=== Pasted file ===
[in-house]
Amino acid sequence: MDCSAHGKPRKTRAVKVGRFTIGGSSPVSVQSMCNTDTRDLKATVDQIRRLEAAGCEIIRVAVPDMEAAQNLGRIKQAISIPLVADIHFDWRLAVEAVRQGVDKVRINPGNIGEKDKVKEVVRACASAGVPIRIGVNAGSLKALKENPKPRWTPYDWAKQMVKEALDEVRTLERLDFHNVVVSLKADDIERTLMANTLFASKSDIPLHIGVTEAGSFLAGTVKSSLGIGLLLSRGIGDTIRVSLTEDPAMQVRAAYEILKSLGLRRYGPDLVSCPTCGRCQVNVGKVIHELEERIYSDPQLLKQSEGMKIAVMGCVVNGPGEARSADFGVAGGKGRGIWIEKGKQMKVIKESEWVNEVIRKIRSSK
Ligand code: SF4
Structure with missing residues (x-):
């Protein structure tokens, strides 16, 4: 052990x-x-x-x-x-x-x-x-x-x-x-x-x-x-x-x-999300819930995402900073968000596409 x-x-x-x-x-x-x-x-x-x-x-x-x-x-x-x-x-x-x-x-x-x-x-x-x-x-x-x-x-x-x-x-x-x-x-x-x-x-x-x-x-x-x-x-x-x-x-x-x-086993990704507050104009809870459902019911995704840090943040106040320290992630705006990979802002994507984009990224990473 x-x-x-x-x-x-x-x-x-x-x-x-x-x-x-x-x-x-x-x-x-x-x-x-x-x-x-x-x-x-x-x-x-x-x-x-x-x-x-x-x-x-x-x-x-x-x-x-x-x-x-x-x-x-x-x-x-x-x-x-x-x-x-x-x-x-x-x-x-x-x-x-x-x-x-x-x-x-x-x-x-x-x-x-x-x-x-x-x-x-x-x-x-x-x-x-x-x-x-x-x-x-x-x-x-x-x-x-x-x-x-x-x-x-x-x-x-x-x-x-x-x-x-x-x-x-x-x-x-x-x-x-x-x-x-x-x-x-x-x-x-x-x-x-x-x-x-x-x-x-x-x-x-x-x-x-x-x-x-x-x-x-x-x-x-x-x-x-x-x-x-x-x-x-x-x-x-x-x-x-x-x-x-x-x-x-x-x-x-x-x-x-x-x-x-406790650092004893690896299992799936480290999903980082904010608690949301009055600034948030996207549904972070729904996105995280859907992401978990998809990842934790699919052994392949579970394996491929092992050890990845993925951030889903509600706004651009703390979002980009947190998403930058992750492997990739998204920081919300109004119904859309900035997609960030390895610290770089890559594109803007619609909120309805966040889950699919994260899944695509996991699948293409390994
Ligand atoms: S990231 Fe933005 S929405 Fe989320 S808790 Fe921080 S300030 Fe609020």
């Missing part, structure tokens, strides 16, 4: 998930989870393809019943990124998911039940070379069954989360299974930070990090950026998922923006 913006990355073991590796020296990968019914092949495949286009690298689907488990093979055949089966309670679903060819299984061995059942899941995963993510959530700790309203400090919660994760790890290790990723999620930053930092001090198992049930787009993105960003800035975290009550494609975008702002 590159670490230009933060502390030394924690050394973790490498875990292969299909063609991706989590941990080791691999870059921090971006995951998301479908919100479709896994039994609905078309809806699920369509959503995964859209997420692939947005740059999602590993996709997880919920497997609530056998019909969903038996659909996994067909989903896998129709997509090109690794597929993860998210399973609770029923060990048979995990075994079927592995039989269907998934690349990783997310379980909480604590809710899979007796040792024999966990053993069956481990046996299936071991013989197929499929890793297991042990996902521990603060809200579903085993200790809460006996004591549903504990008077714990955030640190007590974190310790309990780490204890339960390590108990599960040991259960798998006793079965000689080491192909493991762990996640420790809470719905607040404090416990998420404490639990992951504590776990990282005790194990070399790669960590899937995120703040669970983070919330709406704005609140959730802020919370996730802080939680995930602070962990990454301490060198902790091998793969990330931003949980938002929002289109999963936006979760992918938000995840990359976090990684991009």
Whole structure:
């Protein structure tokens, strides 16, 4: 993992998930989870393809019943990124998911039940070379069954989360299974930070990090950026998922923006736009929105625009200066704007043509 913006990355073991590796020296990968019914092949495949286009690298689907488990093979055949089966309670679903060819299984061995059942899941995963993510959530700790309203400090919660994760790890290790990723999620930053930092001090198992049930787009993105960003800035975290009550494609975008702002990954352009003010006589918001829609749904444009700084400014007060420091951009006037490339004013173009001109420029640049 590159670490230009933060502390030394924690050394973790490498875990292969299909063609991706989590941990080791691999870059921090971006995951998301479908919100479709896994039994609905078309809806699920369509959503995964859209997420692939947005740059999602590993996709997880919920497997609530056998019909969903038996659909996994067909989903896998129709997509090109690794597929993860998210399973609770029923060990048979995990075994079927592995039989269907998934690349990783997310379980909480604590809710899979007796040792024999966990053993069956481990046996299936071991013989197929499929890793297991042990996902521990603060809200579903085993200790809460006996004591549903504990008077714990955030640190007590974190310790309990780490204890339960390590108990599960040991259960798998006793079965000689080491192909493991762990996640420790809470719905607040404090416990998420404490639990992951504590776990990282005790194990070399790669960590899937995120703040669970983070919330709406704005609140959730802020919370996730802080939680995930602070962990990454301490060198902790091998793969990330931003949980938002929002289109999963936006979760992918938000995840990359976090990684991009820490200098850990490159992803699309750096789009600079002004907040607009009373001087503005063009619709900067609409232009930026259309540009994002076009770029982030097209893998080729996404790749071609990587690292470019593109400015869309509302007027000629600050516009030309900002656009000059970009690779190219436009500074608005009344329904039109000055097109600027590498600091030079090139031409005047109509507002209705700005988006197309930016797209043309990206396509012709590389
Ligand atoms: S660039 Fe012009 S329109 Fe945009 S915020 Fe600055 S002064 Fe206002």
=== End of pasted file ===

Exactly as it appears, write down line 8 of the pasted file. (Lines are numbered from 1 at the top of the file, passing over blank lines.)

Whole structure: